Japan's stocks suffer worst day in five months after weak U.S. jobs

By Dominic Lau

TOKYO (Reuters) – Asian shares came under pressure on Tuesday, with Japanese stocks tumbling more than 3 percent as the yen hit a four-week high against the dollar after last week’s surprisingly weak jobs report raised concerns about the U.S. growth outlook.

European stocks were expected to wake up on the grumpy side, with Britain’s FTSE 100 <.FTSE>, Germany’s DAX <.GDAXI> and France’s CAC 40 <.FCHI> seen opening down as much as 0.7 percent, according to financial bookmakers.

Tokyo’s Nikkei <.N225> sagged 3.1 percent in relatively active trade, hitting a one-month low and posting its biggest one-day decline in five months as investors there were drawn into the fallout from the nonfarm payroll report following Monday’s public holiday in Japan.

The Nikkei, like Wall Street, has got off to a slow start to the year after a stellar 2013, with a 57 percent jump.

Australian shares lost 1.5 percent on Tuesday as the S&P/ASX 200 index suffered its biggest one day decline in 3-1/2 months following Wall Street’s fall overnight, with investors cautious ahead of corporate results and iron ore prices near record lows.

MSCI’s broadest index of Asia-Pacific shares outside Japan <.MIAPJ0000PUS> slipped 0.6 percent after gaining 0.8 percent in the previous session as the disappointing U.S. jobs report added to the case for the Fed to keep rates low for longer.

While the weak U.S. jobs report raised doubts about how quickly the Federal Reserve would scale back its stimulus, it also stoked concerns about the pace of recovery in the world’s largest economy.

The announcement of a $13.6 billion deal by Japan’s Suntory Holdings Ltd to buy U.S. spirits company Beam Inc may offer some support to the dollar versus the yen.

Dollar/yen was one of the strongest-performing major currency trades last year, and many hedge funds have been betting the trend will continue as the Federal Reserve cuts back its bond-buying program while the Bank of Japan remains committed to providing stimulus.

Given the extent of positions in the market and continued softness in U.S. yields this week, USD/JPY could continue to test lower near-term,” analysts at BNP Paribas wrote in a note, adding they expected to see buying interest ahead of 101.50.

Japanese investors were likely to seek higher returns overseas as the yield differential between U.S. government bonds and Japanese government debt widened, further boosting the yen weakness if their investments were not hedged.

“The gradual widening in the rate differential between the U.S. and Japan should also encourage Japanese investors to invest in foreign bonds,” Nomura Securities said in a note.

“The expected gradual rise in global yields, while Japanese yields are expected to remain relatively low thanks to the BOJ’s JGB investment, should also influence foreign investment in the Japanese market.”


The yield on 10-year Japanese government bonds eased 3 basis points to 0.650 percent, a near one-month low, while benchmark U.S. bond were yields were 2.837 percent.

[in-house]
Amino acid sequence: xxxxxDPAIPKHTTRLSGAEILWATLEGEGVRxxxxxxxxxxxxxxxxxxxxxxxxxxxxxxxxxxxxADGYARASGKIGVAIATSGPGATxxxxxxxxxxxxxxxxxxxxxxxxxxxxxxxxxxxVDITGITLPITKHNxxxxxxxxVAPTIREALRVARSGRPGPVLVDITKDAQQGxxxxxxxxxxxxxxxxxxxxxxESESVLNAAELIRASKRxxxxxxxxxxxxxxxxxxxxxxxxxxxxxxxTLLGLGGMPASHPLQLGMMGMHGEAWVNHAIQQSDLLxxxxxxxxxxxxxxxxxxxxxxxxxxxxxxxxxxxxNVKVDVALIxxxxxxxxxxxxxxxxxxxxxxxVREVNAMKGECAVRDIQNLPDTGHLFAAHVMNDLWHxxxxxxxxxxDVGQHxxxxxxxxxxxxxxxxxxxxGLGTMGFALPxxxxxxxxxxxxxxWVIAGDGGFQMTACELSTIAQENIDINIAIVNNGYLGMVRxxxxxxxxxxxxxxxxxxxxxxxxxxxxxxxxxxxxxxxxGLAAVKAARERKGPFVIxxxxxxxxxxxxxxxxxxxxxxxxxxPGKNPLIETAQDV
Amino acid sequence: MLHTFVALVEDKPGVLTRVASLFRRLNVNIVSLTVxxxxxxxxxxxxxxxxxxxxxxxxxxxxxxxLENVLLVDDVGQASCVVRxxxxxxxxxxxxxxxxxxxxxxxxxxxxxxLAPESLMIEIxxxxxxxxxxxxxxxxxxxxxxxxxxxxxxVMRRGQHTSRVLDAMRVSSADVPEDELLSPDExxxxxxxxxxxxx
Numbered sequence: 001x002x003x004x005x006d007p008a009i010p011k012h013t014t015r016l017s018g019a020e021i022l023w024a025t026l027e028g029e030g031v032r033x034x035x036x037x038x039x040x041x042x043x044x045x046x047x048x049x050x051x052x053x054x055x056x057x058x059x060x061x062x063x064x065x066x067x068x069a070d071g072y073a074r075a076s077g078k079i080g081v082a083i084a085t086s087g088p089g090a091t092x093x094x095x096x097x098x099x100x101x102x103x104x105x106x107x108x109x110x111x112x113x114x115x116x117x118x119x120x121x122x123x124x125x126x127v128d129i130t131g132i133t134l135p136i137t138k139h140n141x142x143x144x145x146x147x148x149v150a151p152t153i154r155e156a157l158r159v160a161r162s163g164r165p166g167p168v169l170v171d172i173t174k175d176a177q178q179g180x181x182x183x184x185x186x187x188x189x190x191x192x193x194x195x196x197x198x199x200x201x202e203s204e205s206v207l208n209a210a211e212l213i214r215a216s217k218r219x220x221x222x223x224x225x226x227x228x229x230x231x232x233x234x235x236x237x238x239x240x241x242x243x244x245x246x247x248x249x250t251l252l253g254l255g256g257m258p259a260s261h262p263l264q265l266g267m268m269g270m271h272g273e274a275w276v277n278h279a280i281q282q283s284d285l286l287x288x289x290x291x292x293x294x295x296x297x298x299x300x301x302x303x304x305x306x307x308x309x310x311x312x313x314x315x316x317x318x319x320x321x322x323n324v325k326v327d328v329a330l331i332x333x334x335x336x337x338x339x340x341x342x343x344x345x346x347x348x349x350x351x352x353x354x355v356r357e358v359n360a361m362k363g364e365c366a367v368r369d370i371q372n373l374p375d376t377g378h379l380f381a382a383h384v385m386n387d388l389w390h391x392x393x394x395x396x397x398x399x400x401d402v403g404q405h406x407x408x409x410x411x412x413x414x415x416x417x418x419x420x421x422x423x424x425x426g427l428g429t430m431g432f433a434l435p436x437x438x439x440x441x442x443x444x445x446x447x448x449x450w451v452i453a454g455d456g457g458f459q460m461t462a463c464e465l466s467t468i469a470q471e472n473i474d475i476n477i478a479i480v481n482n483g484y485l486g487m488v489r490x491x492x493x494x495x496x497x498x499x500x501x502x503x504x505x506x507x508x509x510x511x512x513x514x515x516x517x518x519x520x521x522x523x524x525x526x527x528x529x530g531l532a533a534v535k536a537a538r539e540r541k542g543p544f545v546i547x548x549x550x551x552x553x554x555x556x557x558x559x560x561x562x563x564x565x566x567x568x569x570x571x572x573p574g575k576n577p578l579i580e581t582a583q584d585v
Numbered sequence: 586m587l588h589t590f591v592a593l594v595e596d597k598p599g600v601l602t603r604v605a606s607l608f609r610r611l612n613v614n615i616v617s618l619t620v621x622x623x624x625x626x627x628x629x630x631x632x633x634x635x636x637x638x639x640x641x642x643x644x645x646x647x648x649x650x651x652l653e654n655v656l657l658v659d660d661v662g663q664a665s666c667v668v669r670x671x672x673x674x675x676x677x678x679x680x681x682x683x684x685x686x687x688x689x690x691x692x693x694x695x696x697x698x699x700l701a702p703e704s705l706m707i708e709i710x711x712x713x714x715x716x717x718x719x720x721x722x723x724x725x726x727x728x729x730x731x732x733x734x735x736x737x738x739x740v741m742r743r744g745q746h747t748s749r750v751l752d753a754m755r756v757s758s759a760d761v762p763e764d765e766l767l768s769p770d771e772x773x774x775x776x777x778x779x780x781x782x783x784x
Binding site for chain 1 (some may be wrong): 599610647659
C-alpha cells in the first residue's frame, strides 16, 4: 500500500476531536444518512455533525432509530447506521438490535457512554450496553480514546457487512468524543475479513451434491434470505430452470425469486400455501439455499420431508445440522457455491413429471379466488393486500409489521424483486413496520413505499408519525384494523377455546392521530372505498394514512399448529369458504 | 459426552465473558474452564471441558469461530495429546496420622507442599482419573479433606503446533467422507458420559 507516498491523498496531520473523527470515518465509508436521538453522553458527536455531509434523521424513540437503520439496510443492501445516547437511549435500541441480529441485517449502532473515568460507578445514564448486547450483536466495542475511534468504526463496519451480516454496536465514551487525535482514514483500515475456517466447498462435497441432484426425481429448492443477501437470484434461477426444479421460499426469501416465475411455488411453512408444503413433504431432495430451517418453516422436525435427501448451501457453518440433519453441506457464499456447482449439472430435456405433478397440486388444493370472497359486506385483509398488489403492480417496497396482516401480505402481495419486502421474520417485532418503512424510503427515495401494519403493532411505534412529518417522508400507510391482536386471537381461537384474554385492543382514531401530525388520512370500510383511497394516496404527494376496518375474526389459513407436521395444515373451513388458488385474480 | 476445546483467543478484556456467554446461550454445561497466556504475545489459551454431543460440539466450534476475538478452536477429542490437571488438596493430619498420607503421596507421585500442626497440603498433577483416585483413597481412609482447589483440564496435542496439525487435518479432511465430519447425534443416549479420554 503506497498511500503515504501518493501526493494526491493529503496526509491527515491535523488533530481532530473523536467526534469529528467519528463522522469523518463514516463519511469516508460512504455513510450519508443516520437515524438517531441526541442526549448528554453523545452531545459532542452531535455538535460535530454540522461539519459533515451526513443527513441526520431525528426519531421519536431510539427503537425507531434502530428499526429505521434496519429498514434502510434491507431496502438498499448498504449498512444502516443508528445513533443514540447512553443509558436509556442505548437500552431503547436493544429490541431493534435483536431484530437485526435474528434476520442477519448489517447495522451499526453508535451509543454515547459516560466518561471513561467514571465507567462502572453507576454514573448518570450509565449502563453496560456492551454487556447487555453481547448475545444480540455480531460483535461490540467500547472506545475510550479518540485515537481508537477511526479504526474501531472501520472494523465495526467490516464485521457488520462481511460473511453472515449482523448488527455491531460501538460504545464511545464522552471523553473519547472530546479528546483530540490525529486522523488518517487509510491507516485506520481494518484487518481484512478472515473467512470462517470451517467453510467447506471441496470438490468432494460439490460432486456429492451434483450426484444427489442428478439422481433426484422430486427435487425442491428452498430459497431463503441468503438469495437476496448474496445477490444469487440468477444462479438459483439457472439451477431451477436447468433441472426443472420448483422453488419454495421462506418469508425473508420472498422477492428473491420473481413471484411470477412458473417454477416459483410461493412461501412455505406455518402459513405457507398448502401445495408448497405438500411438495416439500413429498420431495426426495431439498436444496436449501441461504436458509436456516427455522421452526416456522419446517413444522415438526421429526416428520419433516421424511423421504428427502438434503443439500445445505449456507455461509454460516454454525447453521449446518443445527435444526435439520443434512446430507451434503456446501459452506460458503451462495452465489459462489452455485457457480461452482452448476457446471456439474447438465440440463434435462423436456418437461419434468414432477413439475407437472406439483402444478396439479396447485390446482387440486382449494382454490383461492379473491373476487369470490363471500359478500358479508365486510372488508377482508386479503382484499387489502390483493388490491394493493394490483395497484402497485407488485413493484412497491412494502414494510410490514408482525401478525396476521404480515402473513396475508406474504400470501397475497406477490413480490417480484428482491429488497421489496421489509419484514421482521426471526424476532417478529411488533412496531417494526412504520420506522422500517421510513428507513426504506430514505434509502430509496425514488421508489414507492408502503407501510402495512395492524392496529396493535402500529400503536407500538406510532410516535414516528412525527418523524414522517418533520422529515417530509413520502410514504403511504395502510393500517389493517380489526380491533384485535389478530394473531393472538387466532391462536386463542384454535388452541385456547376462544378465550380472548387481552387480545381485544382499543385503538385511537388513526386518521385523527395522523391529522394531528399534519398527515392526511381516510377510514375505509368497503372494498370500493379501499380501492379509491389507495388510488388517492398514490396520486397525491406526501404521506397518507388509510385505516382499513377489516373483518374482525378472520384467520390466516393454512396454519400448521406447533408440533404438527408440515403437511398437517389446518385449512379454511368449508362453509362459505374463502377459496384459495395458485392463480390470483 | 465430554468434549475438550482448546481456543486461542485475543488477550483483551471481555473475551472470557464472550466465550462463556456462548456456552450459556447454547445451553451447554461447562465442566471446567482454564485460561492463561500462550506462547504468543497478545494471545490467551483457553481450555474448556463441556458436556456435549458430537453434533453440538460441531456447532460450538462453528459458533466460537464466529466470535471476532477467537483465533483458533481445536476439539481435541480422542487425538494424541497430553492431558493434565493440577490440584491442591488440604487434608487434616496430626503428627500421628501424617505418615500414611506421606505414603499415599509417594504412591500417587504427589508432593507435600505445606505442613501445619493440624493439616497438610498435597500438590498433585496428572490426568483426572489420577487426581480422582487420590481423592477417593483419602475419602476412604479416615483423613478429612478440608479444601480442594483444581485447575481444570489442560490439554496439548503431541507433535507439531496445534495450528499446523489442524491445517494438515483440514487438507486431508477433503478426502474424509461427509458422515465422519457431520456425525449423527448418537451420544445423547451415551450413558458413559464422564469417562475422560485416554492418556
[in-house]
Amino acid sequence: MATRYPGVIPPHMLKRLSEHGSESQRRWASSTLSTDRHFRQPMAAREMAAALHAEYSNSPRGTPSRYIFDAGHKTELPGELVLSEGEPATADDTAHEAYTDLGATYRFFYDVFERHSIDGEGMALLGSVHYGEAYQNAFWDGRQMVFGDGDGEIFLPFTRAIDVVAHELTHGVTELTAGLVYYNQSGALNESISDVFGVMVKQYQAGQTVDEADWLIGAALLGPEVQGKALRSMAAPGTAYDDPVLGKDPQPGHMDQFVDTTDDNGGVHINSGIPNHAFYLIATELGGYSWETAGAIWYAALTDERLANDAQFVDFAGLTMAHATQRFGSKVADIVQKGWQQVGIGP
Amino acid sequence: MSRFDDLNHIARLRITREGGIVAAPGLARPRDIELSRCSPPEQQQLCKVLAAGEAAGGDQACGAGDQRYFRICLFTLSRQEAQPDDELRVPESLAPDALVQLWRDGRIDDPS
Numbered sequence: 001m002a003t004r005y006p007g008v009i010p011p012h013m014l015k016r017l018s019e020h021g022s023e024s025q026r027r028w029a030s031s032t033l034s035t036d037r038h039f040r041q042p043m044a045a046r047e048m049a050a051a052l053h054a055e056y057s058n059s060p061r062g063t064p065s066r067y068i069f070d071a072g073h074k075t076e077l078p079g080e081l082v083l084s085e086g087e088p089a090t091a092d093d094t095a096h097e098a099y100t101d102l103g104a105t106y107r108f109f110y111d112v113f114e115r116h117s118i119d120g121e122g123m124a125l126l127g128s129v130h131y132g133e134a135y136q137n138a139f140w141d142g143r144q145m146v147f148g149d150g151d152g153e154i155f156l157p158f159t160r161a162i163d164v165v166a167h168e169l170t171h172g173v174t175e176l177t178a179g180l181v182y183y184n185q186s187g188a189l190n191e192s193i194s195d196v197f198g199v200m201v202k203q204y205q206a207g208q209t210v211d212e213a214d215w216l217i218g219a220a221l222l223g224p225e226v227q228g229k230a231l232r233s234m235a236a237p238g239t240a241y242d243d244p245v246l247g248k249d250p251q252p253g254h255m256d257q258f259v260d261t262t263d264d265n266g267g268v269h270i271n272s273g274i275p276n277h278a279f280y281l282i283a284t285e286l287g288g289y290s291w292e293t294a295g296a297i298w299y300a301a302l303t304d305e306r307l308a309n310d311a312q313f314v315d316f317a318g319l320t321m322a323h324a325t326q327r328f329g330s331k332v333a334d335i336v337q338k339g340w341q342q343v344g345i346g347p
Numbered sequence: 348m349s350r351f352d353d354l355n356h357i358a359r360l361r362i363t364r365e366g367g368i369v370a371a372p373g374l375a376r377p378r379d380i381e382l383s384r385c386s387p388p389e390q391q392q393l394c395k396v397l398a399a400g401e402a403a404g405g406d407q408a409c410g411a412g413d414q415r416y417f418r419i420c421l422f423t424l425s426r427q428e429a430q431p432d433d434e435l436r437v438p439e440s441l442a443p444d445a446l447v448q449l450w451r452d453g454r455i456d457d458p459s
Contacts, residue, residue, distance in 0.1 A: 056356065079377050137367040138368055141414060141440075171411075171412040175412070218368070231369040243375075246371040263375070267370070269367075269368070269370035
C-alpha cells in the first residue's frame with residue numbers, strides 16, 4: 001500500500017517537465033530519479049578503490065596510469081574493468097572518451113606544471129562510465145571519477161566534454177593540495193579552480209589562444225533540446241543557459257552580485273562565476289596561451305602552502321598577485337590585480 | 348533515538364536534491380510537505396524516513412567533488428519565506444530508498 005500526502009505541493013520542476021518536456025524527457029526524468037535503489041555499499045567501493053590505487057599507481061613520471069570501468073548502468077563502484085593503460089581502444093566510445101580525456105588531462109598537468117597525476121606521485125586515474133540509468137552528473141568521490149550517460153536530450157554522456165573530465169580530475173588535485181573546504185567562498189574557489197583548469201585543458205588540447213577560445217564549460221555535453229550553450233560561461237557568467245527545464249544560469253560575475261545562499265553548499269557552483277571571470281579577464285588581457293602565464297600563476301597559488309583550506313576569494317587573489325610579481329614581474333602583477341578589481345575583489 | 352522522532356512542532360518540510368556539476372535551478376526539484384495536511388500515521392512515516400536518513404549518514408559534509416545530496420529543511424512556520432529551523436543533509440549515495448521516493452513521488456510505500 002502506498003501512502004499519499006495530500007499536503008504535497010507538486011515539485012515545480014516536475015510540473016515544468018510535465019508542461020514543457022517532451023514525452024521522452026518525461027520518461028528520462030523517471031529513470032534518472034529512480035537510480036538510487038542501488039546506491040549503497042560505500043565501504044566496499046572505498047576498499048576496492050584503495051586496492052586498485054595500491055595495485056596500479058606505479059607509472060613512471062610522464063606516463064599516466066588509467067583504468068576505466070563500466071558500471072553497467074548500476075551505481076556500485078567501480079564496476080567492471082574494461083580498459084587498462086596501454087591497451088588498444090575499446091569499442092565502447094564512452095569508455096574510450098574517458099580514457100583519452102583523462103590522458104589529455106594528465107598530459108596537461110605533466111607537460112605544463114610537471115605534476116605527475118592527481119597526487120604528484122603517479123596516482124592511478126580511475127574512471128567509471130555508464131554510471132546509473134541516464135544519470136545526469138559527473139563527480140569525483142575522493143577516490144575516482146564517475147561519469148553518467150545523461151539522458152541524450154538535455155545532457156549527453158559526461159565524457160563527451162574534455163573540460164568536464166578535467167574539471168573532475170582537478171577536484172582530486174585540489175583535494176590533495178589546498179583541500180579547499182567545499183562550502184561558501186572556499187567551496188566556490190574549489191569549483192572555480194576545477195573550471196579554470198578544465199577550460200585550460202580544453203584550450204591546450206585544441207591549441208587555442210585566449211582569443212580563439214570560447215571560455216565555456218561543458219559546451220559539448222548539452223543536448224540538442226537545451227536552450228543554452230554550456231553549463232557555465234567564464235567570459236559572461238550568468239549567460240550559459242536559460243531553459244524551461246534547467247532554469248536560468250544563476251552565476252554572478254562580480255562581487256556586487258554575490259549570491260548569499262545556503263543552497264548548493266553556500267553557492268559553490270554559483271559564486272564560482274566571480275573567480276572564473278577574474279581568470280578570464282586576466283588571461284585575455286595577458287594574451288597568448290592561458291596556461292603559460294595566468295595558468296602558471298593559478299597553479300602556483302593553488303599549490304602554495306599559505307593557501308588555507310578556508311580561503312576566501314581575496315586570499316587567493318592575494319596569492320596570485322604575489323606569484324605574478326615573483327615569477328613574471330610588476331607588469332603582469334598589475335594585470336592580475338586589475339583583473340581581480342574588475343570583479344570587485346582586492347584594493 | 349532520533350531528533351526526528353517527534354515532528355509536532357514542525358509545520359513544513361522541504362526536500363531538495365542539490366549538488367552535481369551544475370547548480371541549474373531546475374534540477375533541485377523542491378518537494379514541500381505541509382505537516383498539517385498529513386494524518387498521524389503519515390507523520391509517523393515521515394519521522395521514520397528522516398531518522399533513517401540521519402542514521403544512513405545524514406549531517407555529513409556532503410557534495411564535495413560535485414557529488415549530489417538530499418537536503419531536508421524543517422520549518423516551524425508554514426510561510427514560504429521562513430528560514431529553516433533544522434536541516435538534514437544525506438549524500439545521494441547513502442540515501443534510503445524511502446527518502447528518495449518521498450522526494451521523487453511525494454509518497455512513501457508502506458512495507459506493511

The dollar was up 0.3 percent at 103.30 yen, having fallen 1.1 percent overnight, its biggest one-day slide since September 18 and hitting a four-week low. A stronger yen tends to erode the competitive edge of Japanese exporters abroad and their dollar earnings when repatriated.

Against the Aussie dollar, the greenback bounced 0.2 percent to $0.9038, having touched a four-week low of $0.9054 on Monday, while the Australian shares <.AXJO> dropped 1.5 percent, reaching a three-week trough and logging its biggest one-day decline in 3-1/2 month.

The euro was little changed at $1.36655, however.

The dollar <.DXY> was up 0.1 percent at 80.611 versus a basket of major currencies after touching a one-week low of 80.469 on Monday.

Overnight, U.S. stocks tumbled on caution ahead of corporate results, as mounting negative pre-announcements left a lackluster profit growth outlook, with the Standard & Poor’s 500 <.SPX> off 1.3 percent.

According to Thomson Reuters Proprietary Research, almost 10 out of every 11 earnings pre-announcements for the current reporting season from S&P 500 companies have lowered estimates.

U.S. banks are in the spotlight this week, with JPMorgan Chase & Co , Bank of America , Citigroup and Goldman Sachs reporting quarterly earnings.

Among commodities, gold was steady at $1,252.49 per ounce, though it was not far from a four-week high of $1,254.80 set on Monday. The precious metal gained 0.5 percent overnight to extend Friday’s 1.6 percent rally following the disappointing U.S. employment report.

U.S. crude futures edged 0.1 percent higher at $91.91 a barrel, stabilizing after Monday’s 1 percent decline after news of a deal between Western powers and Iran to curb the OPEC country’s nuclear program and as production resumed from Libya and a key North Sea oilfield.

(Editing by Eric Meijer)

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Japan's stocks suffer worst day in five months after weak U.S. jobs
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